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Dementia

Diagnosis

The first step in diagnosing dementia is to show that the person's ability to think and learn has in fact declined from its earlier level. His or her current ability in different spheres of mental activity can be measured by any of a variety of mental status tests. The difficulty comes in comparing these current ability levels with those at earlier times. A patient's own reports cannot be relied upon, since memory loss is typically part of dementia. Frequently, however, family members' descriptions of what the person once could do will establish that a decline has occurred. In other cases, comparison with what a person has accomplished throughout his or her life is enough to show that a decline has occurred. If neither source of information provides a clear answer, it may be necessary to readminister the mental status test several months later and compare the two results.

Is any decline, no matter how small, sufficient to establish a diagnosis of dementia? The answer is not entirely clear. Research has shown that most older people suffer a small but measurable decrease in their mental abilities. For example, one recent study followed 5,000 people, some for as many as 35 years. This study found that scores on tests of mental abilities did not change between ages 25 and 60, but declined about 10% between ages 60 and 70. More significantly, people in their late eighties had scores more than 25% below those seen earlier.

Since none of the people tested were considered demented, one might assume that these declines are normal. It is still possible, however, that some tested individuals were in the early stages of dementia; these people's results may then have pulled down the average scores for the group as a whole and created a false impression of a sizable "normal" drop in IQ. This ambiguity is particularly unfortunate because it has significant implications at the individual level: No one knows whether, if an older person's mental sharpness starts to decline, this a normal part of aging or a possible signal of approaching dementia.

Once the existence of dementia has been established, the next question is: What is causing the condition? Alzheimer's disease is by far the most common cause of dementia, especially in older adults. One recent study found that it directly caused 54% of dementias in people over 65, and may have been partially responsible for up to 12% more.

Unfortunately, there is no direct way to diagnose Alzheimer's disease in a living person; only microscopic examination of the brain after death can conclusively establish that a person had this disorder. The same is true for the second most common cause, multi-infarct dementia. Both diagnoses are made by excluding other causes of dementia.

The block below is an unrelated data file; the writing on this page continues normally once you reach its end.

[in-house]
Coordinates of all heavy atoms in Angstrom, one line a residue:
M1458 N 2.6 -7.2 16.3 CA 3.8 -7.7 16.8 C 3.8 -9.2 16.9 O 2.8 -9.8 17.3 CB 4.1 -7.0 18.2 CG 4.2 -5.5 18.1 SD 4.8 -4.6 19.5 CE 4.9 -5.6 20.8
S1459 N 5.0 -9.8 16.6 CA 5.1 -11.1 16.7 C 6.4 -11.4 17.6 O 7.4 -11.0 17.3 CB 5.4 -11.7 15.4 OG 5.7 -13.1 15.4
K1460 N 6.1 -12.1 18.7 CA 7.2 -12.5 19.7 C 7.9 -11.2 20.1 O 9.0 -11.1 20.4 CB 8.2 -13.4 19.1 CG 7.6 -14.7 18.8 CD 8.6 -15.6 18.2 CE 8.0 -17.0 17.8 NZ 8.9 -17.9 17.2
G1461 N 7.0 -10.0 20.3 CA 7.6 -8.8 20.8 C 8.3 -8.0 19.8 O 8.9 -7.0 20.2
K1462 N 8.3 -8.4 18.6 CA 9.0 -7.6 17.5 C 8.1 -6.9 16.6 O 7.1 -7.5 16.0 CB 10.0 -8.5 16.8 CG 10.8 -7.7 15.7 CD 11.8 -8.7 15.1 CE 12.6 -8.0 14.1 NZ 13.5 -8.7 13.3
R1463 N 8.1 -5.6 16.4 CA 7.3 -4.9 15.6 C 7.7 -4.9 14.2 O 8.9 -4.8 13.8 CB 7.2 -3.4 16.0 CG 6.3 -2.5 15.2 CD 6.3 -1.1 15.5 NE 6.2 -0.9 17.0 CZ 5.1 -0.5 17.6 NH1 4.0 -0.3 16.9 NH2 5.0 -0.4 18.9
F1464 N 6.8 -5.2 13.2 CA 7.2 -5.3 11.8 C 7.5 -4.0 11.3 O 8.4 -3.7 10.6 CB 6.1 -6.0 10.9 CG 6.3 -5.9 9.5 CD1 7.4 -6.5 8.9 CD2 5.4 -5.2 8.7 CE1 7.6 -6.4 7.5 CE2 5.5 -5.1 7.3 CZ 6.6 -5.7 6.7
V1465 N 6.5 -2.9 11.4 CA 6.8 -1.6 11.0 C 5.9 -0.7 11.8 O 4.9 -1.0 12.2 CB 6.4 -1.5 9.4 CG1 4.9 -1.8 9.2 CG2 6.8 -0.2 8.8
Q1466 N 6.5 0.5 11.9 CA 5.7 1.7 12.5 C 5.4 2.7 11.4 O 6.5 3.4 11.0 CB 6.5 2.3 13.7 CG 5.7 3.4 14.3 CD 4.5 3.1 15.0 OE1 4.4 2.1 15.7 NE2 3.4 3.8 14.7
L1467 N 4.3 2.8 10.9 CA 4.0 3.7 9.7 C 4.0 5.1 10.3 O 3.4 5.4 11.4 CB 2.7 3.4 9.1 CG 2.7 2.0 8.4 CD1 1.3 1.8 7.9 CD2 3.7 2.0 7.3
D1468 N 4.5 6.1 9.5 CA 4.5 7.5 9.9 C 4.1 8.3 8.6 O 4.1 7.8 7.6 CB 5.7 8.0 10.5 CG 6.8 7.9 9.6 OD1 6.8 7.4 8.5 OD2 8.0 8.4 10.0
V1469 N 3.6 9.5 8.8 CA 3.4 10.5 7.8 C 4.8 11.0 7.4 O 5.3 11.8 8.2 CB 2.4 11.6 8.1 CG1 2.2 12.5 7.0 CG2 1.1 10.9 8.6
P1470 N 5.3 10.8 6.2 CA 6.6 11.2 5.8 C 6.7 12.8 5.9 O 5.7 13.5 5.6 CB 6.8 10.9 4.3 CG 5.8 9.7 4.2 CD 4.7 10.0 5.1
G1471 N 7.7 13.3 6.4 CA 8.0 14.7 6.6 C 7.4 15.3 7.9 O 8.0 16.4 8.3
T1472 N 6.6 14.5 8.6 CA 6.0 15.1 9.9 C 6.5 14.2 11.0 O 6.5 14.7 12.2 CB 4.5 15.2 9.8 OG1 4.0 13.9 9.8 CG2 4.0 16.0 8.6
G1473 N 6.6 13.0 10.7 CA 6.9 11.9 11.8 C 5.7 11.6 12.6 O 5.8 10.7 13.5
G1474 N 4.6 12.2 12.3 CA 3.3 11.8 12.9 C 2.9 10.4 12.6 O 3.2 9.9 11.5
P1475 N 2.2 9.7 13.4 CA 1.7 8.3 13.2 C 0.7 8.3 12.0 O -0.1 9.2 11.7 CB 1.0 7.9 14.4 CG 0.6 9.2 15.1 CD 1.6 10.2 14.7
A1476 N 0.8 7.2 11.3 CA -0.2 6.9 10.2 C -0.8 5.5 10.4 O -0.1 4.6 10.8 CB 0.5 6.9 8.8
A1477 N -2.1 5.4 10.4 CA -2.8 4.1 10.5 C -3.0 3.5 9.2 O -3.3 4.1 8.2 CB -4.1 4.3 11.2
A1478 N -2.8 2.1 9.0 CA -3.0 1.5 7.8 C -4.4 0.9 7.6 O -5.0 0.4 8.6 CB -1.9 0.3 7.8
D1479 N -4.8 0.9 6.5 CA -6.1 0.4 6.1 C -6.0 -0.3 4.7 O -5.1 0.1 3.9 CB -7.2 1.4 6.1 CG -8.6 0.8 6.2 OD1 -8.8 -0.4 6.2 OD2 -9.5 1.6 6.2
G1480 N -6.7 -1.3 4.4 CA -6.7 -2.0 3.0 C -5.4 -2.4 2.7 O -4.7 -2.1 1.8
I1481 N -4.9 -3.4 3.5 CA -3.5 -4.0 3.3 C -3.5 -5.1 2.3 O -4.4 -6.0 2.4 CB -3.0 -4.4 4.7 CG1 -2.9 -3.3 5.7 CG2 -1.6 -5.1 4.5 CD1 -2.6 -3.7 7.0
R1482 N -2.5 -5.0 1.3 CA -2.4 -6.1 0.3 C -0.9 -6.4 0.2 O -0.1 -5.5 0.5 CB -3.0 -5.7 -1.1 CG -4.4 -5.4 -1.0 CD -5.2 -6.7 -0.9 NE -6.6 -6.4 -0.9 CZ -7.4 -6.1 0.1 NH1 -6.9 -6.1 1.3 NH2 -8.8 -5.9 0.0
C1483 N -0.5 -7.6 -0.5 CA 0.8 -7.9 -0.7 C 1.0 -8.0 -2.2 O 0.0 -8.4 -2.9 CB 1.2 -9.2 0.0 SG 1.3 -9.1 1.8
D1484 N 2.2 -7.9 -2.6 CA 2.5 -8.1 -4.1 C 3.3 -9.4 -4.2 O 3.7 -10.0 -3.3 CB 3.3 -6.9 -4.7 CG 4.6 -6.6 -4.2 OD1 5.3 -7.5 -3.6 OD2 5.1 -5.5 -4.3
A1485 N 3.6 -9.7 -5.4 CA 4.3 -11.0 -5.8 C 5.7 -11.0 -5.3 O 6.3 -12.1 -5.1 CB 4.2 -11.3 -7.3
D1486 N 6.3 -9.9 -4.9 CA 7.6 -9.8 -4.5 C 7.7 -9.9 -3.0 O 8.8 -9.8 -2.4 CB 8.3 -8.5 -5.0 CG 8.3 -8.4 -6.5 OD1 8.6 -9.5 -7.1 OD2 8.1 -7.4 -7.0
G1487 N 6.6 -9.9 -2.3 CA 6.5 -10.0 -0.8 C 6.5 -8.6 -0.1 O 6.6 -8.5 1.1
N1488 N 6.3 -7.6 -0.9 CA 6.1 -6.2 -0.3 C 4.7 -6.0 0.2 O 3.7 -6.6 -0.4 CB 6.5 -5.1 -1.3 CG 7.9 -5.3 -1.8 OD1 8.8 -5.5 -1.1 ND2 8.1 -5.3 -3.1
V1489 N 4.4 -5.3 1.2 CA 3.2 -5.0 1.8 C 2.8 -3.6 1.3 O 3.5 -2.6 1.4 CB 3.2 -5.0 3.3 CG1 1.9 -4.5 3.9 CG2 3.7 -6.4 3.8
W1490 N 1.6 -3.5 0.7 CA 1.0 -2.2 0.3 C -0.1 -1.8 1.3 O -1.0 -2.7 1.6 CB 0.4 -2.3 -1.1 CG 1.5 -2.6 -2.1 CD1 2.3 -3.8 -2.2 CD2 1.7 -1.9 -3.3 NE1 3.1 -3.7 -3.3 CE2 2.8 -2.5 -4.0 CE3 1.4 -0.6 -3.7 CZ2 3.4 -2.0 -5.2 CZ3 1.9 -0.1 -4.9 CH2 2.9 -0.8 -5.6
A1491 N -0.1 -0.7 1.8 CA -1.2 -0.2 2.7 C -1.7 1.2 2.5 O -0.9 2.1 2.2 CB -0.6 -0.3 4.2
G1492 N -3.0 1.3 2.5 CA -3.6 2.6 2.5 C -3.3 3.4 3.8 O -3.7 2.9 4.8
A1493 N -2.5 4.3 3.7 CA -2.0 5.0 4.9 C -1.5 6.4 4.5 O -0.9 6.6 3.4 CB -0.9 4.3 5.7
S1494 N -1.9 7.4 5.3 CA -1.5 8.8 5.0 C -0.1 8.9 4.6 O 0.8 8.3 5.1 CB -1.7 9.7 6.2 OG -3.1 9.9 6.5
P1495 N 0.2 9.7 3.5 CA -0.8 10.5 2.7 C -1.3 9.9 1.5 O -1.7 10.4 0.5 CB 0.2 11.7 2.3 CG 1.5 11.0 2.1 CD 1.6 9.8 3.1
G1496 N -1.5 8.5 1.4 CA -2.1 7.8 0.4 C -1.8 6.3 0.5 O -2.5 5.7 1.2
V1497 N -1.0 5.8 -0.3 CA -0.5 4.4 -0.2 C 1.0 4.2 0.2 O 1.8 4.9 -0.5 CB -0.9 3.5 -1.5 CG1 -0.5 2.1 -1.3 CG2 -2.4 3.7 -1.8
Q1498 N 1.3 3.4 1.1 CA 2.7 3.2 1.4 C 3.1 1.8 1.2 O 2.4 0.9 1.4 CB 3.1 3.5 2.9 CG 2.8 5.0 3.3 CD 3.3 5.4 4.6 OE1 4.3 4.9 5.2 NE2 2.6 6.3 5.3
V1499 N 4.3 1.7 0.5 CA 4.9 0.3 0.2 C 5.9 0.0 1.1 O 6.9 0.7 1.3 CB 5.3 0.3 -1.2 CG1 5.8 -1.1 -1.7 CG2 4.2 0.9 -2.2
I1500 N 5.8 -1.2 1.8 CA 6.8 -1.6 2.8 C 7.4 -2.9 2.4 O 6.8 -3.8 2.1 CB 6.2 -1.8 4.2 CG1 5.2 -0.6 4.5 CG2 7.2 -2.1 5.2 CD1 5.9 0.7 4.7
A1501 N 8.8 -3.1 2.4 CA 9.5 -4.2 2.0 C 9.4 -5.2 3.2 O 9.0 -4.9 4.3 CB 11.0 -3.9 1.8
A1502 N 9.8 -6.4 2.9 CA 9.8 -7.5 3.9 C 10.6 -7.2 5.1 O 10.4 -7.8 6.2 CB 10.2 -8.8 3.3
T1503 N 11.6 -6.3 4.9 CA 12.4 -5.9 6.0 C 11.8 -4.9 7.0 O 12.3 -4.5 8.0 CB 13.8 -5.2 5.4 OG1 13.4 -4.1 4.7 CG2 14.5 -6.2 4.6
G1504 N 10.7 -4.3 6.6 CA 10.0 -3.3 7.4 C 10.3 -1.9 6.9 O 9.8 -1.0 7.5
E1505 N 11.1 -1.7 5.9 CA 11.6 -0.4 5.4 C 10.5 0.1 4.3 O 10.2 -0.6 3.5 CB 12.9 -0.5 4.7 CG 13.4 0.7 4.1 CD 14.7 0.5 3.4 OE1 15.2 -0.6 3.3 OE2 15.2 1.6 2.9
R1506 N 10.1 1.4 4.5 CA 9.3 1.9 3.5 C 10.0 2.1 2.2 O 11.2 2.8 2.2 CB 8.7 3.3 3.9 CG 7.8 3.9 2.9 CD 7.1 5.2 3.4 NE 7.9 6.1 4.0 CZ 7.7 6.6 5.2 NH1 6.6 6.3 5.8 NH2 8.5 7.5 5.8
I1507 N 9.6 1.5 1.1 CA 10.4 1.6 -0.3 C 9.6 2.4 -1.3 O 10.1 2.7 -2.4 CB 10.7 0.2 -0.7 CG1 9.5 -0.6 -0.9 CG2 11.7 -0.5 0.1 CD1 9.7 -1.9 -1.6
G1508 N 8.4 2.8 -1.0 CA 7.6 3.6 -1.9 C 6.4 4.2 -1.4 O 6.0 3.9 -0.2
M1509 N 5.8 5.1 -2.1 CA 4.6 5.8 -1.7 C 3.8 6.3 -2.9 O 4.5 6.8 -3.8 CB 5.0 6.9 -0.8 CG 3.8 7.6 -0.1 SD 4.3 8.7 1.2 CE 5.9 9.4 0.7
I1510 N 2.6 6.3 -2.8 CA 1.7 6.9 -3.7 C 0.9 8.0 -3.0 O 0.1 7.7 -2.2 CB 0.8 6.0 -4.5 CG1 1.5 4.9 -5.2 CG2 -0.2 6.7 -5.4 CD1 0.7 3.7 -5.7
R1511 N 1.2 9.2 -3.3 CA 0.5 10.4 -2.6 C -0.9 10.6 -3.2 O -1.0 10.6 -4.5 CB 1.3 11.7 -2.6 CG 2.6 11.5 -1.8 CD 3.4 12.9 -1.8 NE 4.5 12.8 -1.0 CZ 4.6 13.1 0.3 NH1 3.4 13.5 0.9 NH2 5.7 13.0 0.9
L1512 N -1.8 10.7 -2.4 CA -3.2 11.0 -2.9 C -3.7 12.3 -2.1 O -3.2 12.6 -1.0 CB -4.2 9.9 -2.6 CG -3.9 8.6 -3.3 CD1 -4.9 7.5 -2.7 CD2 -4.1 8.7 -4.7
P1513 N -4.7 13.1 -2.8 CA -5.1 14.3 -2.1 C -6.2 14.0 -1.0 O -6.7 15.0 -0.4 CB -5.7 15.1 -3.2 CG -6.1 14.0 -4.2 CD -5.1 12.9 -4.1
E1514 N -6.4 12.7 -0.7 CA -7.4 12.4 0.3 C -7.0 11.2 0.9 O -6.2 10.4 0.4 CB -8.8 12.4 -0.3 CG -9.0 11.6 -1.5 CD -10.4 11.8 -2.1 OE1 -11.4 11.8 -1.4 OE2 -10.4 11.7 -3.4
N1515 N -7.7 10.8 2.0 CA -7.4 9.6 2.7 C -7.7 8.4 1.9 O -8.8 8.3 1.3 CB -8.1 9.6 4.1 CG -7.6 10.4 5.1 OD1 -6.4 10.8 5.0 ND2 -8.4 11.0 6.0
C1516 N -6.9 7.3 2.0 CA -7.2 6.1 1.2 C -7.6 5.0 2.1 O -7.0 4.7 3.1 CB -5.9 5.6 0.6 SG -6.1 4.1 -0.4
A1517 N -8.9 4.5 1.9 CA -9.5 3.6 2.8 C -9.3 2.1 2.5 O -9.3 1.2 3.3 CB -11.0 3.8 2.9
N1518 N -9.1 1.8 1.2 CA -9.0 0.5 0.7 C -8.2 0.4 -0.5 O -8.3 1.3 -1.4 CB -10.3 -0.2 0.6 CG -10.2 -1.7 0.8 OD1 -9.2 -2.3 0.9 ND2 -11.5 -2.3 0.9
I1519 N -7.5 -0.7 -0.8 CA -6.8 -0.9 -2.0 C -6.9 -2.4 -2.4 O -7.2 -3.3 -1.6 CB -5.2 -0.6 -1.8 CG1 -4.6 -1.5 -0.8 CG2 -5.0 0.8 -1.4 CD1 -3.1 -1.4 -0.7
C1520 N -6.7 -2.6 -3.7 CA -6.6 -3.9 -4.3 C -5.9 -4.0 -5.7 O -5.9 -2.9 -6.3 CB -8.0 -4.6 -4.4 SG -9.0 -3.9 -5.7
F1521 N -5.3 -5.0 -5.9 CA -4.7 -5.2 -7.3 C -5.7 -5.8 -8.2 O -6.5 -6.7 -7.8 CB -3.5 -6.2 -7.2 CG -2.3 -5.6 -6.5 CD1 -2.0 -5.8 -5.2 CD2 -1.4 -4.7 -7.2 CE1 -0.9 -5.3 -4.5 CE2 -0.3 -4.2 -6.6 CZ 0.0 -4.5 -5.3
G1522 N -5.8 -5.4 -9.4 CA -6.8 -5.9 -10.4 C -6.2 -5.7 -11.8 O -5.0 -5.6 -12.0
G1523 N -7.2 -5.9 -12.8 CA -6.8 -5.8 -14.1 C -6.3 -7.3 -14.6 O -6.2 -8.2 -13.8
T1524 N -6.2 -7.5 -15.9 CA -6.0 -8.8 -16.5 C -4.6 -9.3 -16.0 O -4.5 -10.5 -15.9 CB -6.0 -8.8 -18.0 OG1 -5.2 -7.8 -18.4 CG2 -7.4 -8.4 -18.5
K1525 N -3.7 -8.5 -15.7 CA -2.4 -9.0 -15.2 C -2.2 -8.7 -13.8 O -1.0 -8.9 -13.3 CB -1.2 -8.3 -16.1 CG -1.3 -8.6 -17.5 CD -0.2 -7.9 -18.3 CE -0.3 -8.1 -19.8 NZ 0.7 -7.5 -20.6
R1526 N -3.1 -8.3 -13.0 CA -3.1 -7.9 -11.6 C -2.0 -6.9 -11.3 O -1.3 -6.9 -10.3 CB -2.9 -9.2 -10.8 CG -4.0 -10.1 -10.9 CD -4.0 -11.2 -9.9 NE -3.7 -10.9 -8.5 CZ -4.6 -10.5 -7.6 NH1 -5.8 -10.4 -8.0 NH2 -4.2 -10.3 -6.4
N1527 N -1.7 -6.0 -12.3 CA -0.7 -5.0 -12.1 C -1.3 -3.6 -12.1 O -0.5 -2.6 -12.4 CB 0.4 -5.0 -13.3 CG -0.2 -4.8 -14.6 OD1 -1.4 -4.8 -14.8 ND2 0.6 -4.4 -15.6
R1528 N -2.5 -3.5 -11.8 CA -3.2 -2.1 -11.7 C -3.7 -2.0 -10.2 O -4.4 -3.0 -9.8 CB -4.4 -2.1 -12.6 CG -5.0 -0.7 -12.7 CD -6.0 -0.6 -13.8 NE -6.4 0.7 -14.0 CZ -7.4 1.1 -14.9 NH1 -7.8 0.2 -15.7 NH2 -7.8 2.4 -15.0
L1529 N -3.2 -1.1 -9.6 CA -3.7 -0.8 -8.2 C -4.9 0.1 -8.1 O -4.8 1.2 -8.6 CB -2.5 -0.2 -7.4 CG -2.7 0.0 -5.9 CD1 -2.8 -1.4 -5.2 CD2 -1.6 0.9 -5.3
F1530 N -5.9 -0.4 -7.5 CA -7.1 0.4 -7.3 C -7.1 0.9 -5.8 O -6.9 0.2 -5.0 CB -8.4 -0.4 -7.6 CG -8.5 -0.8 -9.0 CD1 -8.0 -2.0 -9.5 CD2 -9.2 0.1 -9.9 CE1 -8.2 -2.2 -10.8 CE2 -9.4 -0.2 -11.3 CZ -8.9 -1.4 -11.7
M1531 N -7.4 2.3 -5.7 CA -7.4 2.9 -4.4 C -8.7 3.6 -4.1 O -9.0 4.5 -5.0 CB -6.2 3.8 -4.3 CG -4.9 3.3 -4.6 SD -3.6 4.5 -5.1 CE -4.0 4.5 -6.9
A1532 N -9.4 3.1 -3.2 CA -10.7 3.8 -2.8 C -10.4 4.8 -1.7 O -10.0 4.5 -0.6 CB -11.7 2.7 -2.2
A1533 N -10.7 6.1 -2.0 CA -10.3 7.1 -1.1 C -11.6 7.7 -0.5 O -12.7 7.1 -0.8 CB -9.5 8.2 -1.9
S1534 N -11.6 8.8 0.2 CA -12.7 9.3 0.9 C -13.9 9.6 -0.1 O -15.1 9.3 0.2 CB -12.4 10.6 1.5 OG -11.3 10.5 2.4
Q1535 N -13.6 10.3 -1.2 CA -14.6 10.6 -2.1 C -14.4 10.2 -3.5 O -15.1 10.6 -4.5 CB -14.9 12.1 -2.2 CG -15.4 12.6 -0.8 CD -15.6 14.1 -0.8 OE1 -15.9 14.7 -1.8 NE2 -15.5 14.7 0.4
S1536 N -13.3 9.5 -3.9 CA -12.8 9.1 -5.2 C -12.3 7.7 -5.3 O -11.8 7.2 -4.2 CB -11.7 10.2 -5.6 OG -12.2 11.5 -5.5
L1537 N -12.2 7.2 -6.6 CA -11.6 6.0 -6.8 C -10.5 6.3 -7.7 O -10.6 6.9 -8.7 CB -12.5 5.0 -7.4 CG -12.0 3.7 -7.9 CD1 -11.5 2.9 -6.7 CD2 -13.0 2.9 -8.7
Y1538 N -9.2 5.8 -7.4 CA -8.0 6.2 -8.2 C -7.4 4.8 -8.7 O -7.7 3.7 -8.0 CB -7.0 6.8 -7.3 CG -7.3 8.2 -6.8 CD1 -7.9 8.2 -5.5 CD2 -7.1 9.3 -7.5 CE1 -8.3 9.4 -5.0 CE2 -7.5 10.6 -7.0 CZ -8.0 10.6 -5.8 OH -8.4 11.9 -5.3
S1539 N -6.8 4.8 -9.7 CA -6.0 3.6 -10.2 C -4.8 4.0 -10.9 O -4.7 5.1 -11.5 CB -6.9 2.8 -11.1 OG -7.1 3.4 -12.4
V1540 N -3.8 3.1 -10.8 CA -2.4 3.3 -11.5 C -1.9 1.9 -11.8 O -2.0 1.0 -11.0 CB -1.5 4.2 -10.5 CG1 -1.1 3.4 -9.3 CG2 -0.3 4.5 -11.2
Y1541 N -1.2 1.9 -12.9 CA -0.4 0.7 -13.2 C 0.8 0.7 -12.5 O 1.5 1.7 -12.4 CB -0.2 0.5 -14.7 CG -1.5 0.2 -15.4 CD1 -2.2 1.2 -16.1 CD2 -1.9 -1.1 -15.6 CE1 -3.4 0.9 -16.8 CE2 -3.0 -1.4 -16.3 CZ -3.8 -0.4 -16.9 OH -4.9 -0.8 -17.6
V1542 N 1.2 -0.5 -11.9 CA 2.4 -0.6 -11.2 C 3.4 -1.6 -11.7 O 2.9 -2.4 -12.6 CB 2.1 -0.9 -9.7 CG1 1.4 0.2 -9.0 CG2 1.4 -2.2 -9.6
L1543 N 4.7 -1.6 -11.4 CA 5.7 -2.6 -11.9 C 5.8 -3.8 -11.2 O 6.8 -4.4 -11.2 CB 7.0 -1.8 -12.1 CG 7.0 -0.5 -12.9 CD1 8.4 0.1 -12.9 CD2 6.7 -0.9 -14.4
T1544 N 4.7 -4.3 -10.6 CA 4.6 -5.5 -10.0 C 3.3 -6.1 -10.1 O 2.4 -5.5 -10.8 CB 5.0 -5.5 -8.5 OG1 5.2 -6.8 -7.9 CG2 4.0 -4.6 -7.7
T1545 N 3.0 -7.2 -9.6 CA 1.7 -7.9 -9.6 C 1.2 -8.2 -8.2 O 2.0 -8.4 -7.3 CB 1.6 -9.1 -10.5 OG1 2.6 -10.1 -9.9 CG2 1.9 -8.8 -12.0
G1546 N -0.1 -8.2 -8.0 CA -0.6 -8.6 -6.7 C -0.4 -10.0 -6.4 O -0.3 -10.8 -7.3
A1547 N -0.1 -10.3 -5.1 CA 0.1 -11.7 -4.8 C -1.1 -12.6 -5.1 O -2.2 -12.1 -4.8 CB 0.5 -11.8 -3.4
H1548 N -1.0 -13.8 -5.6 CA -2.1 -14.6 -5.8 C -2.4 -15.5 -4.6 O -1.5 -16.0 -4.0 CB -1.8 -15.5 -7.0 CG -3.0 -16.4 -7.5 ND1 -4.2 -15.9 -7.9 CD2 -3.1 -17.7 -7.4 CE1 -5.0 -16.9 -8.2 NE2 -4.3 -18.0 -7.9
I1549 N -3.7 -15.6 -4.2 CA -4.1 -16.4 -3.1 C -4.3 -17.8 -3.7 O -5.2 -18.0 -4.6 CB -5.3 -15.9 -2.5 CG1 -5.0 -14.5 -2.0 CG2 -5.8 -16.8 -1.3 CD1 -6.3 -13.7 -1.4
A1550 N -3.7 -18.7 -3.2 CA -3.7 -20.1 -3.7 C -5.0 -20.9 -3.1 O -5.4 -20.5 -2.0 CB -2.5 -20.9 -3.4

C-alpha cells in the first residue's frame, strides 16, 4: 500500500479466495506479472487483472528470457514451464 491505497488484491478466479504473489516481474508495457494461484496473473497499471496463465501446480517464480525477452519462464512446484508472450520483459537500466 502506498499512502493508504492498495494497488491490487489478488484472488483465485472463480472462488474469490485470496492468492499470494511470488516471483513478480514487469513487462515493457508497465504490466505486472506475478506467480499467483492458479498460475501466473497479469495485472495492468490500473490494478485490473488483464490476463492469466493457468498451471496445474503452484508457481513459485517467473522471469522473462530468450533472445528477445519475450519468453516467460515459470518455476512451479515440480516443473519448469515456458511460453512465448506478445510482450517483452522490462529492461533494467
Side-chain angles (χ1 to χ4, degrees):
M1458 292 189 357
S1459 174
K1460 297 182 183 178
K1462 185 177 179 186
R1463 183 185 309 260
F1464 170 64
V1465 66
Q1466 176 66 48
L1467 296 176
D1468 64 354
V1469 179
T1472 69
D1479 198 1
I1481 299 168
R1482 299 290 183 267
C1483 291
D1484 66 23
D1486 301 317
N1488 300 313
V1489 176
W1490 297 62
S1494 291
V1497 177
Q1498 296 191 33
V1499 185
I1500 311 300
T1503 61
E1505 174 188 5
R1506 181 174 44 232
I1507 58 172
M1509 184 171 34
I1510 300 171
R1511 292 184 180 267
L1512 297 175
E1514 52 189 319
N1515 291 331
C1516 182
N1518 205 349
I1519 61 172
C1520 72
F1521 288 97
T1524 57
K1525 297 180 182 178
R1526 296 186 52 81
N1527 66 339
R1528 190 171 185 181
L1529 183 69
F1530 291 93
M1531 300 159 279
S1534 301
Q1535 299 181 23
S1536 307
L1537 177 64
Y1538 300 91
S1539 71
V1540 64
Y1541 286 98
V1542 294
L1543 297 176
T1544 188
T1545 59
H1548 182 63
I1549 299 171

It is particularly crucial to exclude causes for which appropriate treatment might prove helpful. Among the most common and important of these are side effects of medications an individual may be taking—for example, sleeping pills, antidepressants, certain types of high blood pressure medications, or others to which a person may be particularly sensitive. Medications are particularly likely to be responsible when the affected person is not only confused and forgetful, but also is not alert to what is going on around him or her.

Older individuals—the group most likely to suffer dementia from other causes—are particularly likely to be taking multiple drugs for their various disorders. Sometimes these drugs interact, producing side effects such as dementia that would not occur with any single drug at the same dosage. Drug side effects, including dementia, may also be more common in older people because their body's ability to eliminate the drug often declines with age. Reduced speed of elimination calls for a corresponding reduction in dosage that does not always occur.

Another common, but treatable, cause of dementia, or of what looks like dementia, is depression. Some psychiatrists refer to the slowed thinking and confusion sometimes seen in people with depression as pseudodementia because of its psychological origin. Others believe the distinction does not reflect a meaningful difference. In any case, effective treatment of the depression will relieve the dementia it has produced.


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Science EncyclopediaScience & Philosophy: Cyanohydrins to Departments of philosophy:Dementia - Diagnosis, Causes